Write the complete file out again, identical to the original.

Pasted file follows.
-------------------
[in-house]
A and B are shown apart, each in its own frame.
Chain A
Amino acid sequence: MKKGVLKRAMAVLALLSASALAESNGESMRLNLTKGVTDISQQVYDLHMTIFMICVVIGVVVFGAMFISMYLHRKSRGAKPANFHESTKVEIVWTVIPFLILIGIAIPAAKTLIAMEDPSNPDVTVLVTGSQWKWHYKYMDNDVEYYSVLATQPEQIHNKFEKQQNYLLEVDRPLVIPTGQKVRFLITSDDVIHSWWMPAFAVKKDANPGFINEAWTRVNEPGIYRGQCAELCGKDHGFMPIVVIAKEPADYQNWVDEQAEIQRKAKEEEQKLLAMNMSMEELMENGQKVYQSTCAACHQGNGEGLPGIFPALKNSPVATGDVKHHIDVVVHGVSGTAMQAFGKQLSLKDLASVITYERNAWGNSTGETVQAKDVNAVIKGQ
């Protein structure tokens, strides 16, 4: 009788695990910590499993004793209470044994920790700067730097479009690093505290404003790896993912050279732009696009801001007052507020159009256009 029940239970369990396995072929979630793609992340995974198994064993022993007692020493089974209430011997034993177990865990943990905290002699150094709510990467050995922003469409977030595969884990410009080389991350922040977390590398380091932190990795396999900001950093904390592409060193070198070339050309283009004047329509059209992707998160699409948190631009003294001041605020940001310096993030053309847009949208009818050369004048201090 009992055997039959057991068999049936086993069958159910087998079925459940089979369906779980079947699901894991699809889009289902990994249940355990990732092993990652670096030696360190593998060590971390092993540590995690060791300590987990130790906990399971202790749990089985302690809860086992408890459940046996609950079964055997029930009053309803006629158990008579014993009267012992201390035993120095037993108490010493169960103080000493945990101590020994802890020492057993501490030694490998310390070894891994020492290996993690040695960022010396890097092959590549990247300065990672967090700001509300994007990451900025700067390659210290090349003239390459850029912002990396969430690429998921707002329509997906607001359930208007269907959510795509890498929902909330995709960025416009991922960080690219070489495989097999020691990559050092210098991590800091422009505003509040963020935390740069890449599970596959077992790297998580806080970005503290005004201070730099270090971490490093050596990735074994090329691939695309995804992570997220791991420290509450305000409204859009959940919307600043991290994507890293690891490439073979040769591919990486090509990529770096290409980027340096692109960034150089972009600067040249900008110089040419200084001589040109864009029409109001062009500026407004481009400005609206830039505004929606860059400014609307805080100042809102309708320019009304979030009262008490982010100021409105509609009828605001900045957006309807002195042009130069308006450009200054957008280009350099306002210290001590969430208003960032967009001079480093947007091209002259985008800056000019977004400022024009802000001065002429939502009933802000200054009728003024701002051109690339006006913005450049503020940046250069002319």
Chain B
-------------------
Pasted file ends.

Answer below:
[in-house]
A and B are shown apart, each in its own frame.
Chain A
Amino acid sequence: MKKGVLKRAMAVLALLSASALAESNGESMRLNLTKGVTDISQQVYDLHMTIFMICVVIGVVVFGAMFISMYLHRKSRGAKPANFHESTKVEIVWTVIPFLILIGIAIPAAKTLIAMEDPSNPDVTVLVTGSQWKWHYKYMDNDVEYYSVLATQPEQIHNKFEKQQNYLLEVDRPLVIPTGQKVRFLITSDDVIHSWWMPAFAVKKDANPGFINEAWTRVNEPGIYRGQCAELCGKDHGFMPIVVIAKEPADYQNWVDEQAEIQRKAKEEEQKLLAMNMSMEELMENGQKVYQSTCAACHQGNGEGLPGIFPALKNSPVATGDVKHHIDVVVHGVSGTAMQAFGKQLSLKDLASVITYERNAWGNSTGETVQAKDVNAVIKGQ
């Protein structure tokens, strides 16, 4: 009788695990910590499993004793209470044994920790700067730097479009690093505290404003790896993912050279732009696009801001007052507020159009256009 029940239970369990396995072929979630793609992340995974198994064993022993007692020493089974209430011997034993177990865990943990905290002699150094709510990467050995922003469409977030595969884990410009080389991350922040977390590398380091932190990795396999900001950093904390592409060193070198070339050309283009004047329509059209992707998160699409948190631009003294001041605020940001310096993030053309847009949208009818050369004048201090 009992055997039959057991068999049936086993069958159910087998079925459940089979369906779980079947699901894991699809889009289902990994249940355990990732092993990652670096030696360190593998060590971390092993540590995690060791300590987990130790906990399971202790749990089985302690809860086992408890459940046996609950079964055997029930009053309803006629158990008579014993009267012992201390035993120095037993108490010493169960103080000493945990101590020994802890020492057993501490030694490998310390070894891994020492290996993690040695960022010396890097092959590549990247300065990672967090700001509300994007990451900025700067390659210290090349003239390459850029912002990396969430690429998921707002329509997906607001359930208007269907959510795509890498929902909330995709960025416009991922960080690219070489495989097999020691990559050092210098991590800091422009505003509040963020935390740069890449599970596959077992790297998580806080970005503290005004201070730099270090971490490093050596990735074994090329691939695309995804992570997220791991420290509450305000409204859009959940919307600043991290994507890293690891490439073979040769591919990486090509990529770096290409980027340096692109960034150089972009600067040249900008110089040419200084001589040109864009029409109001062009500026407004481009400005609206830039505004929606860059400014609307805080100042809102309708320019009304979030009262008490982010100021409105509609009828605001900045957006309807002195042009130069308006450009200054957008280009350099306002210290001590969430208003960032967009001079480093947007091209002259985008800056000019977004400022024009802000001065002429939502009933802000200054009728003024701002051109690339006006913005450049503020940046250069002319």
Chain B